I do have to watch him extra-closely, especially since he’s almost deaf. He’s got that terrier instinct to want to put his nose in places he really shouldn’t, so I always have to keep an eye on where he is and what he’s getting into. There are snakes and coyotes and other critters out here. I also can’t call him if he gets too far away, since he can’t hear me. When I’m working directly with the horses, he has to stay inside.

Living the barn dog life, I can really see how much he’s aged, which makes me sad. But on the other hand he’s still pretty spry and happy and energetic for a dog that’s creeping up on 15. I do know that he’s quite enjoying his new role, though… he definitely LOVES being a barn dog again. That makes my heart happy too.

Farm Adventures: The Alarm Works

I figure there will be a lot of funny faux-pas type stories as I go along with my new full time farm living, so why not just go ahead and start a series? I’ve already been laughing at myself a few times, but my favorite dumb moment so far has been my misadventure with the alarm. The property is rigged pretty thoroughly with cameras and a Ring system, which the alarms are also synced with. To start the story of how I so thoroughly tested the alarm system, first I have to set the stage for you.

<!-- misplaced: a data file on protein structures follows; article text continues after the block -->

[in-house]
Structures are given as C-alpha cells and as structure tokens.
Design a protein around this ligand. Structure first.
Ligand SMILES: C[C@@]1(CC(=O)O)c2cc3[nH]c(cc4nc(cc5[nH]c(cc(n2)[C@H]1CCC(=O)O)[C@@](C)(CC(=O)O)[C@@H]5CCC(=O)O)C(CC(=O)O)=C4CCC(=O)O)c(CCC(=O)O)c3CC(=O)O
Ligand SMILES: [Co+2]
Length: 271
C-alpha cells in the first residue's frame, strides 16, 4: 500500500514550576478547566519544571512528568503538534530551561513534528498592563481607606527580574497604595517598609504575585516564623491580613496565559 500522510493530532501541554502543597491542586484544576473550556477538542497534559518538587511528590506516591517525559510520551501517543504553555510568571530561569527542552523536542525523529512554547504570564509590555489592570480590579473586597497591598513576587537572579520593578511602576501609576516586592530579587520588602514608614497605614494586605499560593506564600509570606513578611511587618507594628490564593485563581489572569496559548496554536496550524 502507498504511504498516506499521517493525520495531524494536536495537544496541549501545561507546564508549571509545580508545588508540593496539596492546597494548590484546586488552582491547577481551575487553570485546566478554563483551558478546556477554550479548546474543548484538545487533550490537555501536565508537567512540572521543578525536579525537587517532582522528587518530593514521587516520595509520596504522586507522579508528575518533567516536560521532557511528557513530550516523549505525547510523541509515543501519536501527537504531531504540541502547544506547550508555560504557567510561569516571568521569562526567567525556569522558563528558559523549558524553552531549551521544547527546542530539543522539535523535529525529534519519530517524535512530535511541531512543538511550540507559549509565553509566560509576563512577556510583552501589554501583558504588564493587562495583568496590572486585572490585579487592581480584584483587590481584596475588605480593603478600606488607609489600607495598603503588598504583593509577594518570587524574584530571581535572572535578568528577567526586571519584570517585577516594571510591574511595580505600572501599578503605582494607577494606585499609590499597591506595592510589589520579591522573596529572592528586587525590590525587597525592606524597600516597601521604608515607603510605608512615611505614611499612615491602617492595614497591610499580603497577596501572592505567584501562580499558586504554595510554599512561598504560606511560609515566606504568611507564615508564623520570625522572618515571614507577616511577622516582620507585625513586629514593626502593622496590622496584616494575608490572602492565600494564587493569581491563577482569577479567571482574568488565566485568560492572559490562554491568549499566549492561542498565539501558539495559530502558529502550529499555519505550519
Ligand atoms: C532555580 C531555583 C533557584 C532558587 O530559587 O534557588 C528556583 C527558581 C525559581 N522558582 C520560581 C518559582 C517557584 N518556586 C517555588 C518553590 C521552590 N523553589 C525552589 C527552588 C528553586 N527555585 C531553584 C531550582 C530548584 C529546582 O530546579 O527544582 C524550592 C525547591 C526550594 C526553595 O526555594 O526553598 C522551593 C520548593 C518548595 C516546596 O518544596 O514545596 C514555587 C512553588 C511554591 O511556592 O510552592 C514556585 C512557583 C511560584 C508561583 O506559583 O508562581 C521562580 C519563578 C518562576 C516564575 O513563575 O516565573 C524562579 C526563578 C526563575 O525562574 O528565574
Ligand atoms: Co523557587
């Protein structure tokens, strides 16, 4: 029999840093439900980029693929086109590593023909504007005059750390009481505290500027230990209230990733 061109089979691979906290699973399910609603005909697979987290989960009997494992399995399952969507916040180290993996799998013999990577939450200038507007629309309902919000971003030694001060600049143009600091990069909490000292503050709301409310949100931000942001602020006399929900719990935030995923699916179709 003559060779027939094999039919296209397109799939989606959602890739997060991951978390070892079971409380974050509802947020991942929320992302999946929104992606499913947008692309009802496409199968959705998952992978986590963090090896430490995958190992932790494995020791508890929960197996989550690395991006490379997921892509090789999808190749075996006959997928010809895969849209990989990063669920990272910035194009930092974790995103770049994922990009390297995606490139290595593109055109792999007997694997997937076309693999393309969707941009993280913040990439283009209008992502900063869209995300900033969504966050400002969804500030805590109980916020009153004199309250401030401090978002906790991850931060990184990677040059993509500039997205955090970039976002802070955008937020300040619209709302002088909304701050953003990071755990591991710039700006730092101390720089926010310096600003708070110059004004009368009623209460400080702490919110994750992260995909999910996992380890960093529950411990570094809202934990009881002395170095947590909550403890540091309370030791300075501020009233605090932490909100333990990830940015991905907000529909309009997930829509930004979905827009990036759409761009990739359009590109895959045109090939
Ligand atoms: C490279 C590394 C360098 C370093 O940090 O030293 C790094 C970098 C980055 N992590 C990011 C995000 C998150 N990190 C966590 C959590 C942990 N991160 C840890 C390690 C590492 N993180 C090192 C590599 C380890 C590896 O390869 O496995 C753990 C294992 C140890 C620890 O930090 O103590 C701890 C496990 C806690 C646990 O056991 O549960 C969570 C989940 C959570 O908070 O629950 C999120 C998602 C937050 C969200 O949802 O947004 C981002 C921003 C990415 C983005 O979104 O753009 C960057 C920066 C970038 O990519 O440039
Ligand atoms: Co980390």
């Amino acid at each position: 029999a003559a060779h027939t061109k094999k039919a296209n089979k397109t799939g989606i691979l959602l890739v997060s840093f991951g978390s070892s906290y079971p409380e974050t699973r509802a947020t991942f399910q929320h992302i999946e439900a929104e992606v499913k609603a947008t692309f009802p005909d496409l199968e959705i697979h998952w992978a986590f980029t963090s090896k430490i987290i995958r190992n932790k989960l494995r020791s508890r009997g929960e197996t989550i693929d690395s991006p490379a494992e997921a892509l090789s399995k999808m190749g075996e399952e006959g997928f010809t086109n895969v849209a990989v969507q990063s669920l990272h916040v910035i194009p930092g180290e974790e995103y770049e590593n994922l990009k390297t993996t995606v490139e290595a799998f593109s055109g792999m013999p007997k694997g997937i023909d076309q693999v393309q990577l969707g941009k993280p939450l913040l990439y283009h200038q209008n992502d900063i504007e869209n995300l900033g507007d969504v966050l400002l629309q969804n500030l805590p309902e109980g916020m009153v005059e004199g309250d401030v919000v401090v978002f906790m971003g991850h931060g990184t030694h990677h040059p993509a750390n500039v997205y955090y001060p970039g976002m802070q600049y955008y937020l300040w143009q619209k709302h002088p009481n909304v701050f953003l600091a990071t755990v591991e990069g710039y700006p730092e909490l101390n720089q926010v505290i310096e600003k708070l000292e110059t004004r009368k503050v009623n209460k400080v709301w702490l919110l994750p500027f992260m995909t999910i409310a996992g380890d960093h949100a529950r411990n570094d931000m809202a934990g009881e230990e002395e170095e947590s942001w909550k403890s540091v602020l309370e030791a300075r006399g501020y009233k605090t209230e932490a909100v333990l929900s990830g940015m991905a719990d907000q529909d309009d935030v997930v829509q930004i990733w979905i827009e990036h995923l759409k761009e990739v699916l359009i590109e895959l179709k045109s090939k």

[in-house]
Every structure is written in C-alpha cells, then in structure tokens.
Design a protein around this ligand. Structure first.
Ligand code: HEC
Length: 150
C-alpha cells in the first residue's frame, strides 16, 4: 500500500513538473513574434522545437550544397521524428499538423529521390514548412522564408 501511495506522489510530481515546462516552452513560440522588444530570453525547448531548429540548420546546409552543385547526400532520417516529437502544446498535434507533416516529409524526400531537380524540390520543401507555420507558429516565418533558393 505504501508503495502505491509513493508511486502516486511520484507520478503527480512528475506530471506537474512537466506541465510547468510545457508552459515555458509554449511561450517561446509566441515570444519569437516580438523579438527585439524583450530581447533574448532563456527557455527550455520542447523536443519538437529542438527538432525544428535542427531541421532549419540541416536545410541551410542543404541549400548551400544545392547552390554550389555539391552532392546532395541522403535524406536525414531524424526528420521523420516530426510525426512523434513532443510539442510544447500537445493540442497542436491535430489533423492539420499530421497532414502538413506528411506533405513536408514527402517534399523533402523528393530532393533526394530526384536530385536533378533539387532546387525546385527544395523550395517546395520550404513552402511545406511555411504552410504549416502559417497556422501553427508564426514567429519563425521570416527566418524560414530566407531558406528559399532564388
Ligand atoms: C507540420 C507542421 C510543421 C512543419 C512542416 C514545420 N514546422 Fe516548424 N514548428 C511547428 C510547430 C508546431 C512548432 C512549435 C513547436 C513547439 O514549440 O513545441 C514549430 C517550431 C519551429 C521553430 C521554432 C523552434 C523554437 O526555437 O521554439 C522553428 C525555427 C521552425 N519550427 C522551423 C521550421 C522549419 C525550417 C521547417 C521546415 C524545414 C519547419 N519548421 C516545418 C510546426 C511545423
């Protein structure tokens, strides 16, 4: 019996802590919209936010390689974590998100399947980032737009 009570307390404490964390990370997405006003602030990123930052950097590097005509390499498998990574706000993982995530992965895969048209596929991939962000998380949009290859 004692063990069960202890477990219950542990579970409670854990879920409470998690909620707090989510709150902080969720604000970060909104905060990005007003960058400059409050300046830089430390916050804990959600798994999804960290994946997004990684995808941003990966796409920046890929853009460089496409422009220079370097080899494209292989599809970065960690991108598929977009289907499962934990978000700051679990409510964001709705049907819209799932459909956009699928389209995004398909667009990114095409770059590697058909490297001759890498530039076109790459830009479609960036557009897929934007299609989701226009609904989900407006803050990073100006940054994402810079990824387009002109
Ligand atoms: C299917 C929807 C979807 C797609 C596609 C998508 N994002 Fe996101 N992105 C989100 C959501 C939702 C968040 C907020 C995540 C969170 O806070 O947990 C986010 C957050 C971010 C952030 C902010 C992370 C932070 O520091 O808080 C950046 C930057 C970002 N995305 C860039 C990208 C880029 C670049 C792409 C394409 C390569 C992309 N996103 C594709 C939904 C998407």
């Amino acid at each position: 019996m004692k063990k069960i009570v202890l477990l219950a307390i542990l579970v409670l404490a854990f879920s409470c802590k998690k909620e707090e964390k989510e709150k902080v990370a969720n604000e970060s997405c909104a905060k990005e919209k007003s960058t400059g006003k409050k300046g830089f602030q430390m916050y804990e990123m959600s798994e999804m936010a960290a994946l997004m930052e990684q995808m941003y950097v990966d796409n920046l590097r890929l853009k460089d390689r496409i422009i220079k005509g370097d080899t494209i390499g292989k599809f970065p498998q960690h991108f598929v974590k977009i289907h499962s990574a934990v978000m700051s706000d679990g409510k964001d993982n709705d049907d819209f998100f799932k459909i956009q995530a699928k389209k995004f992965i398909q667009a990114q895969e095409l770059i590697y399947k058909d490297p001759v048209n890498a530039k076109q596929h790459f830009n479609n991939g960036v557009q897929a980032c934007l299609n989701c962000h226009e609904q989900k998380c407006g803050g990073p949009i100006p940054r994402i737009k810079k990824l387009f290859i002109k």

See, it was cold last week. Really cold, especially for a Texan, and especially in November. I mean seriously, a month ago it was 95 degrees, and all the sudden we had a whole week where it got down into the 20’s. And it was raining. There was legit frozen shit falling from the sky (ok, not at the farm, but nearby). I know I’m a baby compared to northern standards, but I was a popsicle.

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this isn’t even an exaggeration, I looked exactly like this